- The $120 figure, equivalent to a 30 percent aggregate royalty rate on a $400 phone, is wide of the mark. Nobody is paying anywhere near as much. Actual figures paid are, on average, less than one sixth that figure, at under $20 or below 5 percent of total handset costs.
- Her source is not cited. It is obvious to those who focus on smartphone licensing charges that she has plucked the figure from the much-criticized, here, and, here, “Smartphone Royalty Stack” paper by Intel and Wilmer Hale. Without her including any reference to help listeners and readers find the study or those who rebut it, folk might take the greatly-inflated figure at face value.
- The study is not recent and provides no fresh perspective. It was published two and a half years ago, in May 2014.
- It misrepresents the study’s findings. Commissioner Vestager has either ignorantly and unwittingly or sinisterly disregarded how the study cunningly characterizes this $120 figure. That figure does not represent what is actually paid in cash or recorded in financial or management accounts as licensing revenue or licensing expense. It is a notional cost that is not adjusted for what is netted-off in cross-licensing. The study is weasel worded: “setting aside off-sets such as ‘payments’ made in the form of cross-licenses and patent exhaustion arising from licensed sales by component suppliers, we estimate potential patent royalties in excess of $120 on a hypothetical $400 smartphone” (underling added for emphasis). This is flawed economics, as well as misleading and disingenuous.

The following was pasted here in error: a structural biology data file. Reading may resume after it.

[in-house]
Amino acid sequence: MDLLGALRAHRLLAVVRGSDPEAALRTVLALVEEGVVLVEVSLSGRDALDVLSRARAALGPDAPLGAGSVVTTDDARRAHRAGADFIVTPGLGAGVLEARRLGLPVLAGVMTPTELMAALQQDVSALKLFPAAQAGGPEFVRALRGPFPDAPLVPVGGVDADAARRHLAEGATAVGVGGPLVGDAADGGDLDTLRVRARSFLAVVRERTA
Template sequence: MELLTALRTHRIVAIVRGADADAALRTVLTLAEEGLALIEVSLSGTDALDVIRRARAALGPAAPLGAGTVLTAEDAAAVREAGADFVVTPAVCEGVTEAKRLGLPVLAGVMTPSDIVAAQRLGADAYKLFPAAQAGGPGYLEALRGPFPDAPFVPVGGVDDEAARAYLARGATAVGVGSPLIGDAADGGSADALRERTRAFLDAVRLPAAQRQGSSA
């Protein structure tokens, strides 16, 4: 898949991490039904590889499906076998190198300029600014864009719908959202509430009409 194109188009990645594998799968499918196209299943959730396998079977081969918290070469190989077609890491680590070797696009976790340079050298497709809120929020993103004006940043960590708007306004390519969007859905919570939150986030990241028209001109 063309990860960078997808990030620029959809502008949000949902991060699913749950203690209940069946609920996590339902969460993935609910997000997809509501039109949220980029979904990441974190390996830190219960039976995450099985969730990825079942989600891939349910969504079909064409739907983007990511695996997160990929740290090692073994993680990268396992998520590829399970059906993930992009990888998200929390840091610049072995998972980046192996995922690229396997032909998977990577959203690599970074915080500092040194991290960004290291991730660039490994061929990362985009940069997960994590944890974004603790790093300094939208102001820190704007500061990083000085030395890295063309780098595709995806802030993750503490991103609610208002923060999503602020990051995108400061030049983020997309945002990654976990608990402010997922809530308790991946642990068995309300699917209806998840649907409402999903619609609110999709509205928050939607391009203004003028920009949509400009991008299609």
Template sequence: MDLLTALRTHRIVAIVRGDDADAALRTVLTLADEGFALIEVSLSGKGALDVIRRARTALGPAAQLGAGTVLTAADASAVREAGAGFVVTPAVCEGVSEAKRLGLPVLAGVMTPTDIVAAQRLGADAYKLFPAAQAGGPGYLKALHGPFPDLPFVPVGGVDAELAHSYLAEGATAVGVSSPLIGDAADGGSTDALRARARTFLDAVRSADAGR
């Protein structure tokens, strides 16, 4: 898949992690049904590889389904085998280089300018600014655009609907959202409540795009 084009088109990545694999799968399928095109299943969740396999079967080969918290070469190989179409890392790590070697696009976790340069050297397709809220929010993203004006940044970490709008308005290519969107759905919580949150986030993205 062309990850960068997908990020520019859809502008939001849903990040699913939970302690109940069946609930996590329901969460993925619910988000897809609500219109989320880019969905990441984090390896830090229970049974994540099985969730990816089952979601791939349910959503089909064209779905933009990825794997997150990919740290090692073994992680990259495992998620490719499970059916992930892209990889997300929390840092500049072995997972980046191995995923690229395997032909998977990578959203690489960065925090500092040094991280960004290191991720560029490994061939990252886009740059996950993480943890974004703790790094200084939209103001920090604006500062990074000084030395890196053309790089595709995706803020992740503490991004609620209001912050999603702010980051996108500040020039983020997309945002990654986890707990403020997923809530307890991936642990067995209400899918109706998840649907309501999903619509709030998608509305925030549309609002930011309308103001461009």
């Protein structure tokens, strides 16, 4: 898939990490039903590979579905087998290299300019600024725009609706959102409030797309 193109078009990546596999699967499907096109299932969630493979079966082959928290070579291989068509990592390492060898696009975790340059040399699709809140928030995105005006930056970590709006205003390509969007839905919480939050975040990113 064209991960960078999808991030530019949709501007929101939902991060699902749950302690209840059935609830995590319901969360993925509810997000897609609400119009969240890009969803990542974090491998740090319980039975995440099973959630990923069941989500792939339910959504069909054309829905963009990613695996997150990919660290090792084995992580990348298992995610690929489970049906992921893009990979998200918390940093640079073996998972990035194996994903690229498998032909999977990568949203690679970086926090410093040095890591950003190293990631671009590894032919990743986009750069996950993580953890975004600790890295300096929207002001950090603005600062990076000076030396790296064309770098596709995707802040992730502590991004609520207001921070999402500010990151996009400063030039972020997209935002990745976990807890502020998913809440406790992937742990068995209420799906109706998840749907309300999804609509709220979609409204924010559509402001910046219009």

- The study includes various additional systematic errors in its analysis including disregard for clear public evidence that much lower rates are being paid than those it includes in its calculations in most cases.
- Despite seeking and receiving external inputs, the European Commission continues to ignore logical and facts-based assessments of aggregate royalty rates that are in marked disagreement with the study by Intel and Wilmer Hale. The Commission’s DG GROW ran a consultation on patents and standards commencing 2014. My initial estimate of 5 percent aggregate mobile phone royalties was included in my submission to that consultation in February 2015 (pages 21-22). That finding has been reinforced in my subsequent publications and validated by other reputable experts.
|Aggregate Licensing Fee Estimates for Mobile Phones Including Smartphones|
in Two Totally Different Ballparks (Applicable Year 2014 or 2015)